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Do You Need a License to Start a Welding Business at Home?

The answer will really depend on your state; however, it is still important to reiterate that you will be expected to obtain certain licenses or permits before you can operate your home-based welding business.

Ideally, the authorizations and licenses you need will vary depending on the sort of work you intend to do, but will most often encompass state licensing for contractors, permits for hazardous materials, and permits for welding in public places.

Aside from the fact that welding is a valid skill you can leverage to make good money, it is a business where you don’t need a degree or diploma in Business Management.

Instead, this fabrication process is more about physical skills and techniques. Owing to that, it is important to ensure that you are properly trained before you establish this business at home. Even though the learning process might be challenging, it can be mastered through dedication and practice.

Keep in mind that before you get the necessary state licensure to become a licensed welder, you will be expected to complete a number of courses and examinations and receive a welder certification.

This will most likely include a written test to obtain an American Welding Society (AWS) certification. The written exam will be followed by a practical AWS welder performance qualification exam.

When you have satisfactorily passed both tests, you will send in a completed Certified Welder Application for certification. This certification means you have the ability to apply for a welding license.

License Needed to Start a Welding Business at Home

  1. General Business License

This is the first thing you will be expected to obtain before you can start this business from home. Note that this particular license proves that you are legally allowed to run your welding business within your municipality or state.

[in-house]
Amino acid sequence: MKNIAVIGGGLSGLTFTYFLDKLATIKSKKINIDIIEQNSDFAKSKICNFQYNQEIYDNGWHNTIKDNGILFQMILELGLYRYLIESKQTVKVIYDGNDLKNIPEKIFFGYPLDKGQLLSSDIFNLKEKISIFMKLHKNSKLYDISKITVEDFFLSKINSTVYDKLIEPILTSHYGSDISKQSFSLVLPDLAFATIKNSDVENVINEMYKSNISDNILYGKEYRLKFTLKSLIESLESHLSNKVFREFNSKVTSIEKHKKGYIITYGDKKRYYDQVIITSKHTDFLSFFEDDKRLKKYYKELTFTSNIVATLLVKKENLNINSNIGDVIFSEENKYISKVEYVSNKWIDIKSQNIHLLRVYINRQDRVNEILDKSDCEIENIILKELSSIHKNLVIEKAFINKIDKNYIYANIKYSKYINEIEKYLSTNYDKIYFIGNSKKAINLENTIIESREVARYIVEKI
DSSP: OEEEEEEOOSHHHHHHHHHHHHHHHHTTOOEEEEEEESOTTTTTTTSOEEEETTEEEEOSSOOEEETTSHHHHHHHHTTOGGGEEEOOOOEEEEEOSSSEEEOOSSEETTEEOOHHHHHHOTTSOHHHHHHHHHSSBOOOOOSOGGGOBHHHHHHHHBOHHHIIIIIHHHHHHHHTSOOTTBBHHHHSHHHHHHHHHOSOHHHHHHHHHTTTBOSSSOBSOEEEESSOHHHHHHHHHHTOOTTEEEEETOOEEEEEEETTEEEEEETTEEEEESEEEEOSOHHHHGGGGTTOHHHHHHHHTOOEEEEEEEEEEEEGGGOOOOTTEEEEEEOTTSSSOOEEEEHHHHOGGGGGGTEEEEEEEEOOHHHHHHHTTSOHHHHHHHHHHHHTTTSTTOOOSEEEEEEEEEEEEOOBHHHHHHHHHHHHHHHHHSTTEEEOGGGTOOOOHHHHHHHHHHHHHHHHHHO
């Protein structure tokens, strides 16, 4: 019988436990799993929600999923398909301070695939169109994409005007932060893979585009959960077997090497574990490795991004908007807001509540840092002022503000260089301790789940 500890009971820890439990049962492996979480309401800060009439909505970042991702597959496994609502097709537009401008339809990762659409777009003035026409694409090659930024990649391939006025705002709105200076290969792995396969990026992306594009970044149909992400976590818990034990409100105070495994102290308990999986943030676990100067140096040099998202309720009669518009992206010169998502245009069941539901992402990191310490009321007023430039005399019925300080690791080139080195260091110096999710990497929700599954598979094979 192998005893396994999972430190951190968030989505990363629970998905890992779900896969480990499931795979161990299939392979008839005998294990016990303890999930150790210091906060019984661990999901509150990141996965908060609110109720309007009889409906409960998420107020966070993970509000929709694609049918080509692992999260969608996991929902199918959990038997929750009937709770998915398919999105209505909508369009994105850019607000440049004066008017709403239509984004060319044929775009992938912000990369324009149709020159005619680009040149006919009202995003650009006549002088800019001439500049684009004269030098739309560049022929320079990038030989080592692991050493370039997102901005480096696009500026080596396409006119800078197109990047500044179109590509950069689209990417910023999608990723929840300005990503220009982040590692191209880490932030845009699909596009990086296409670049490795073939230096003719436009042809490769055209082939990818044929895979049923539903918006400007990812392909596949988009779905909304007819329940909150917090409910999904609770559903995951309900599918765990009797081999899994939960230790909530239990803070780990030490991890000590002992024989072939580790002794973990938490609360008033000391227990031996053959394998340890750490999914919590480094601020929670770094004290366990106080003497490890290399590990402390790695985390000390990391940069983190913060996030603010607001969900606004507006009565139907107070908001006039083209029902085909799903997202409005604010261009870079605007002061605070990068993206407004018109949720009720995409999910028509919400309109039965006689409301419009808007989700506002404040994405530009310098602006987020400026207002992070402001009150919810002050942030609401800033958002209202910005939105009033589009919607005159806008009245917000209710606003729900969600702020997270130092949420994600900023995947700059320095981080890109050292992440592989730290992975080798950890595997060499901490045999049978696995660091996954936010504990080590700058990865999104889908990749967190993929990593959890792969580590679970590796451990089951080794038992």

The requirements for this license as well as the steps necessary to obtain them will vary depending on your location. You’ll most often be expected to provide details of your business structure and location, as well as pay any associated fees.

  1. Welding Certification

Although not a license like the general business license noted above, welding certification is a very important requirement for any professional welder.

Certification proves that you have been evaluated and deemed capable and skillful enough in a wide range of welding processes. In the United States, there are numerous organizations that provide welding certifications, such as the American Welding Society (AWS) and the American Society of Mechanical Engineers (ASME).

To obtain the necessary certification, you’ll be expected to scale a series of welding tests that evaluate your proficiency in specific welding techniques.

  1. Occupational Safety and Health Administration (OSHA) Compliance

In this line of business, safety is an utmost priority. OSHA enforces stringent safety standards and regulations to safeguard workers and guarantee safe working environments.